Not always and usually over the shorter term. Longer term influences may be different. Starting points and regimes matter, etc…I find that bonds are starting to become attractive now, not that I’ll be buying unless things get materially more interesting, but its better than when the 10 year was 1.3. If anything, stick to lower durations, they have great relative yields and will not have as much pain with any increased rate hikes should they occur (and it looks likely). This change in duration with increased rates, selling by the fed, etc…puts pressure on bonds, its going to be interesting to see how it shakes out as this is a new environment. The higher they go, more interesting they get.

                    This year and even yesterday, it has not been the case. A traditional 60/40 or risk parity type portfolio took a beating yesterday where one might have expected bonds to do well. Treasuries dont really have a bid right now, and given the pressures they have it may be a while depending on how all the pertinent factors are digested.

                    I dont see a large difference between a 90/10 portfolio and 100% stocks, its hardly different but do whatever you can that allows you to be consistent and stick to your plan. You certainly dont need it at 30, when the most important but maybe very hard thing to realize is your actual nominal balance is tiny and will end up representing likely a single digit % of your overall wealth nearer to retirement. You simply need to shovel as much money away as possible and worry about the perfect allocation split a little later on. Savings is your goal right now.
                    Click to expand...


                    Sure.  Shorter term correlations are always more difficult to track and predict and particularly difficult if talking about daily market returns.  I'm referring to relationships over a full market cycle.  If you look at 10, 5, and 3 year correlations they range from -0.20 to 0.03.

                    The market is afraid of rate increases, so I would expect the stock market to be negatively on days that rates rise, but I don't expect them to be correlated over a year or more.  I'm also interested to see how the performance holds up as I expect more volatility in rates over the next few years.

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                    • #11
                      90/10 is certainly reasonable for someone your age.  Just be able to stick with that allocation and don't panic through the next downturn, whenever that may be. Maybe it's already started, but I don't know, my crystal ball is a little cloudy.

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                      • #12
                        I am going to be the voice of disagreement with respect to your bond allocation.  You are 30 years old; unless there is some specific reason to have bonds in your portfolio (which I have not seen articulated here yet), then I would say 0% bond allocation based upon your age.

                        a. You have a 20 to 35 odd career ahead of you.  Your earnings/income will grow significantly.  You have the time to take additional risk with your retirement portfolio.

                        b. Unless you already have significant assets at risk, a bond allocation as a risk/return dampening tool does not make sense to me at your age, retirement asset level.  If you are throwing 100k towards retirement per year currently, then maybe a bond allocation makes sense.  The combination of age, length of time your money is working, and continued significant retirement contributions, in my view mean you leverage those advantages towards a very aggressive asset allocation (All world index or US stock index/International stock index).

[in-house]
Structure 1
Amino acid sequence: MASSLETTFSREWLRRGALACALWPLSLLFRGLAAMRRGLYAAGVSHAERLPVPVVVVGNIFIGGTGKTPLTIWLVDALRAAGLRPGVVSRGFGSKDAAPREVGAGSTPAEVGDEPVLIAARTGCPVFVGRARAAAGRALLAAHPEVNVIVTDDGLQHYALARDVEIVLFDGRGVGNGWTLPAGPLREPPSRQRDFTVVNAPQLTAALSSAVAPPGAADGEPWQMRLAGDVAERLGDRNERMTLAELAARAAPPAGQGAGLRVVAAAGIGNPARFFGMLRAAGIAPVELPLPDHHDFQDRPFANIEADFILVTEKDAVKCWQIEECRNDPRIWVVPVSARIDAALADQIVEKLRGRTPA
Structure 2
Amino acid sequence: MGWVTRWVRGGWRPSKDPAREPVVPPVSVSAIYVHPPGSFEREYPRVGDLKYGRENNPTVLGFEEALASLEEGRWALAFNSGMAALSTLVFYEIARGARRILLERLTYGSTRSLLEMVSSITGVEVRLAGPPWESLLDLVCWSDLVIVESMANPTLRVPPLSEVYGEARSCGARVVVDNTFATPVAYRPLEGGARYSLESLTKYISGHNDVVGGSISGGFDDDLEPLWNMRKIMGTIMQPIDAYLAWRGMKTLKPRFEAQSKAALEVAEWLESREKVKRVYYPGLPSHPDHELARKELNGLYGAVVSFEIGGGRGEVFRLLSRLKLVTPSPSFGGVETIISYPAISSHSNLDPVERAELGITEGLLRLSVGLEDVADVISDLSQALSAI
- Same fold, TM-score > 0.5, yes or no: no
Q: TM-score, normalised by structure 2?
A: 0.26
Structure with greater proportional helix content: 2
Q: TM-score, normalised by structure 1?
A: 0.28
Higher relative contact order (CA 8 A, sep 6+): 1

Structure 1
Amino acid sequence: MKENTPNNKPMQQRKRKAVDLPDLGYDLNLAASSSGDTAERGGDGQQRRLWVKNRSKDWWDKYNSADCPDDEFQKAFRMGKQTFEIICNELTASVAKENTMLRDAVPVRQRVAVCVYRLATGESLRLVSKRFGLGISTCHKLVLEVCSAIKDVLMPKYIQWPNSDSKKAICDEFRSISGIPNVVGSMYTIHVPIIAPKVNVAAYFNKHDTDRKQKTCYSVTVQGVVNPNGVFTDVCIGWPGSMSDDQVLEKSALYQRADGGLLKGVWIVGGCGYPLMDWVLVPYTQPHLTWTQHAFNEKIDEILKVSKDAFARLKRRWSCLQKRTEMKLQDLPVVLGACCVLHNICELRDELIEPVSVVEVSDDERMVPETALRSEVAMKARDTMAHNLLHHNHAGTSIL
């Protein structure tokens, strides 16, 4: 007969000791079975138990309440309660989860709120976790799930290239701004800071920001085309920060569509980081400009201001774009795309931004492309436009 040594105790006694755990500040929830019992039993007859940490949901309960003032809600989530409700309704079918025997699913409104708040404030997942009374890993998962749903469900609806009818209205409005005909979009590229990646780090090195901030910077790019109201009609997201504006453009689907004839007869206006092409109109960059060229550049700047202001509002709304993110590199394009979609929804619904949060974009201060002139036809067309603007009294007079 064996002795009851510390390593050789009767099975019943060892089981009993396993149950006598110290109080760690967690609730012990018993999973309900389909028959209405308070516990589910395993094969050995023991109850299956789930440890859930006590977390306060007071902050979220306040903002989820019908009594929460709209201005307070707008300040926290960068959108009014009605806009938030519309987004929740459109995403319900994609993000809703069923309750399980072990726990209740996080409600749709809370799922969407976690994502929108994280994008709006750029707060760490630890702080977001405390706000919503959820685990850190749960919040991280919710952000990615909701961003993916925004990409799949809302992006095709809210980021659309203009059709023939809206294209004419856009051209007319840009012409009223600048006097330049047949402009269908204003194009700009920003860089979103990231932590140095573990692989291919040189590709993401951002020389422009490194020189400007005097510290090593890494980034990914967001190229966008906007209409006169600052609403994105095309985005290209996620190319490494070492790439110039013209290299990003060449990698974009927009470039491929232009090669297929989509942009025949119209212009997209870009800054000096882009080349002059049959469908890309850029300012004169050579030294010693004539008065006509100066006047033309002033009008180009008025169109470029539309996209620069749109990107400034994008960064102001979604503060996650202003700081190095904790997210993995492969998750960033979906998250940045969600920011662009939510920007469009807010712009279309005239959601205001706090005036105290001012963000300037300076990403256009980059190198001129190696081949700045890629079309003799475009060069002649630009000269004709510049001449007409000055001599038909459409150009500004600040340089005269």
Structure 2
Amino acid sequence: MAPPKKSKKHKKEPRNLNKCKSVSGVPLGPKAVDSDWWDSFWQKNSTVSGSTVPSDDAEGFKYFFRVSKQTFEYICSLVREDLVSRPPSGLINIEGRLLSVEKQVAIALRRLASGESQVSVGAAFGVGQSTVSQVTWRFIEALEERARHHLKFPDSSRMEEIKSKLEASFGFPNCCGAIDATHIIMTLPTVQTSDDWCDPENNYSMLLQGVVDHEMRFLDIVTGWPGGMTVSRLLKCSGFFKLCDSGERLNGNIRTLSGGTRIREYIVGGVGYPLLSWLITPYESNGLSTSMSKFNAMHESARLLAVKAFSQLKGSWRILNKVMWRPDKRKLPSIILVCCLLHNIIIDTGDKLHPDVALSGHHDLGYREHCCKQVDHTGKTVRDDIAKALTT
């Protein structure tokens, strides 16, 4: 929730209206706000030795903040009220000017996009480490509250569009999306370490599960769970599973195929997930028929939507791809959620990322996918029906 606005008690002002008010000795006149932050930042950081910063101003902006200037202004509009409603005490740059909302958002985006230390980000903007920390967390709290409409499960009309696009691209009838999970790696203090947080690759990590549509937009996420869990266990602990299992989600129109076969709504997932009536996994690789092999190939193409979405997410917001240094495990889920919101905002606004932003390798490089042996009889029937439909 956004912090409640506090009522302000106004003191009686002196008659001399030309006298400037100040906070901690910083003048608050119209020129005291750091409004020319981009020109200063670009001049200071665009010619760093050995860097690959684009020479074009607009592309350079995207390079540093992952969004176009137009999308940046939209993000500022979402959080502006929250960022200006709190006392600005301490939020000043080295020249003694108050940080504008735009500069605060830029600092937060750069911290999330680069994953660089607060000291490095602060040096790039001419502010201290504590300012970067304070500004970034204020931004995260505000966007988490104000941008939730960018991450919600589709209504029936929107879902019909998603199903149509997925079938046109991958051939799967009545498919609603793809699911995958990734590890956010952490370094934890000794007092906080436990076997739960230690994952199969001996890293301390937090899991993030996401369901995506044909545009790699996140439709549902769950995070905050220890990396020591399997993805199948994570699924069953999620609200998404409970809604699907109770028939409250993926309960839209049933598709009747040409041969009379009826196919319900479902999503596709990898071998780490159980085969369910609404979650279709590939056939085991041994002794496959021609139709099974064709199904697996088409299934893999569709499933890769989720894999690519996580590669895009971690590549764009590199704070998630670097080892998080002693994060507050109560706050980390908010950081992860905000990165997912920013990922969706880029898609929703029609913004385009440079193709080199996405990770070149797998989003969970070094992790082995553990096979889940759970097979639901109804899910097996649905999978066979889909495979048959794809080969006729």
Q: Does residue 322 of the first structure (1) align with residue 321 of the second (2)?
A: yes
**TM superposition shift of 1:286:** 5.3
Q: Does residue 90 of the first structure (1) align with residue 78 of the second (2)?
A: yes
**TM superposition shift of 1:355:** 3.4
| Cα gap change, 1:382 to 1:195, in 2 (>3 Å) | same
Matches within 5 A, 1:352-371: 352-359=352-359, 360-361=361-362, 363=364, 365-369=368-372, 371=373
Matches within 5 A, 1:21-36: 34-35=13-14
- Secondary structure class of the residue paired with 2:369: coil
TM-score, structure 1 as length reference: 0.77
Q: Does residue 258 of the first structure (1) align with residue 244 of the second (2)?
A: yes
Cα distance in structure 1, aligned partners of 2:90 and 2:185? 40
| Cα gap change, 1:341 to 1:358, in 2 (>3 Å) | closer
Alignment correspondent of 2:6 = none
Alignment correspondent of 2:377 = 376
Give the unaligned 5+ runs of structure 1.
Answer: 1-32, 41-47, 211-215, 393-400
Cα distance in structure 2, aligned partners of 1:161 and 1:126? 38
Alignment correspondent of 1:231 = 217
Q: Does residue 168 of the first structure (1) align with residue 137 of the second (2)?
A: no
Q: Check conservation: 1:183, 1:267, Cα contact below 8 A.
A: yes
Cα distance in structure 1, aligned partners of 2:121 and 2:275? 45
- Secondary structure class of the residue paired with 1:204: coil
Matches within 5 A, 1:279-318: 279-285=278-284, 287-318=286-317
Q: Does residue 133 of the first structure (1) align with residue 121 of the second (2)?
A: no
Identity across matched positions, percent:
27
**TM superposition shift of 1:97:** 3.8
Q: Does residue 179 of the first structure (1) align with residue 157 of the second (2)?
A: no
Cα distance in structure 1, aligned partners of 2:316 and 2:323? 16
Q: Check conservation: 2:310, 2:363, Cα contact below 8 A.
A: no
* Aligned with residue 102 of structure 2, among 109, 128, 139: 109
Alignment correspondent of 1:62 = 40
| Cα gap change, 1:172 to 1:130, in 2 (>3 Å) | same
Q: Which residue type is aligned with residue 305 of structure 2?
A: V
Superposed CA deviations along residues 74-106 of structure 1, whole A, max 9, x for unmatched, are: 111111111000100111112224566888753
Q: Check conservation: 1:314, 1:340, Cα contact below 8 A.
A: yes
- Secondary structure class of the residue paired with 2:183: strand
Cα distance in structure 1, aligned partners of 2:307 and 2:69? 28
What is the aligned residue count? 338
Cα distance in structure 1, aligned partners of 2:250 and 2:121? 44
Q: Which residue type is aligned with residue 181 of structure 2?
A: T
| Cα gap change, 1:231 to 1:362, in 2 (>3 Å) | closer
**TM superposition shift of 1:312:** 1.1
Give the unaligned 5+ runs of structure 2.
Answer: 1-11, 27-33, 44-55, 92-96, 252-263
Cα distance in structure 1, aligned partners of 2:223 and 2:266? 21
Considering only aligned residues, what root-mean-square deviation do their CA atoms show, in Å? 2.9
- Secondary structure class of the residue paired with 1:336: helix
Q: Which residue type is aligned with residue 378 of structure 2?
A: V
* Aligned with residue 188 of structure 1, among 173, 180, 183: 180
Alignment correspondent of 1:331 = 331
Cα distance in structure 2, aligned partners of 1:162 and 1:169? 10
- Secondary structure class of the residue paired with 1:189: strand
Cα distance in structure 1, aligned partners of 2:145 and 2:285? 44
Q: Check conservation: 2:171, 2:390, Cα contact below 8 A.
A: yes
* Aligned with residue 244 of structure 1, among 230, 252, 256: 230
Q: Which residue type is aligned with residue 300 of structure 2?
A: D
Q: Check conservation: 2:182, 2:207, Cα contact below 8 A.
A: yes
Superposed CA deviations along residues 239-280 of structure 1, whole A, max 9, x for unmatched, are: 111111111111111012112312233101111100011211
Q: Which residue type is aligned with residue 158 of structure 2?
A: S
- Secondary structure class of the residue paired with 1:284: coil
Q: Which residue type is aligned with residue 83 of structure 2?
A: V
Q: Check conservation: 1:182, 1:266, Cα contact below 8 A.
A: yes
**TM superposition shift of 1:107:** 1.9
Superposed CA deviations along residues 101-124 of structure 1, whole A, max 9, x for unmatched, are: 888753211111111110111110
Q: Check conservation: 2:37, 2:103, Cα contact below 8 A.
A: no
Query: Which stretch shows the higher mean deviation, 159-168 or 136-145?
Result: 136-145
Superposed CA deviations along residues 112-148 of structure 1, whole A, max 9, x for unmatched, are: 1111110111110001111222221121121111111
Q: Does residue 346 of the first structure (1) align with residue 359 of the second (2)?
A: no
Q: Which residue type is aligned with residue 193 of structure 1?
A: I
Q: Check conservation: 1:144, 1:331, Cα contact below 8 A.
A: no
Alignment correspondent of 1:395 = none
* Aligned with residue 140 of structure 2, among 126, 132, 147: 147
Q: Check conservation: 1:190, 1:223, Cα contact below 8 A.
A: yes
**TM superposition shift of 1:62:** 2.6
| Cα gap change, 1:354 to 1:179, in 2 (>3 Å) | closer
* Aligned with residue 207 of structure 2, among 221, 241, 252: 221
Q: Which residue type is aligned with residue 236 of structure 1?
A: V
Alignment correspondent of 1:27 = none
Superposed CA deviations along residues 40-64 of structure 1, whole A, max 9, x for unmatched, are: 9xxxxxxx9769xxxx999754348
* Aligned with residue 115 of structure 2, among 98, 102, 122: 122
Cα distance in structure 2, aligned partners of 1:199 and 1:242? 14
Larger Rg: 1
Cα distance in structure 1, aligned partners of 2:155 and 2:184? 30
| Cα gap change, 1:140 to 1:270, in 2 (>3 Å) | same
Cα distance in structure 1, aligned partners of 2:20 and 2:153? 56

c. I would guess you are looking at paying off students loans, establishing an emergency fund, perhaps saving towards a home downpayment, therefore have other competing priorities for your income.

                        b. Do you have an IPS?

                        c.  Is there a specific driver to decide upon a 10% bond allocation?

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                        • #13


                          Click to expand...


                          Here is a graph from PIMCO, the correlation varies from +0.85ish to -0.86ish. Seems to last for several years at a pop.

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                          • #14


                            If you are throwing 100k towards retirement per year currently, then maybe a bond allocation makes sense.
                            Click to expand...


                            Why is this?

                            Would you recommend a bond allocation for super savers because they don't need to incur as much risk? Even for super savers in their 30s?

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                            • #15
                              I try to think about the whole thing in terms of my long term outcomes/goals. If my goal is to retire at say 75/25 with 4M, then Im not going to care at all about bonds until my equity basket gets close to reaching the 3M target (not necessarily nominal but projected from current to retirement date, etc...) and then I'd just stuff the majority in bonds until retirement. Helps with SORR as well.

                              Younger people are better off being aggressive even if it feels like it hurts. You have a relatively tiny amount of capital at risk and the longest time for it to compound. Many people, including those on this board go through the typical and backward approach to it, start out too conservative and then increase risk later.

                              I'll add bonds when their relative value starts to be more attractive, which may be soon. I dont have a static allocation however, though am going to be heavily equities/risk assets until nearer to goals as stated above.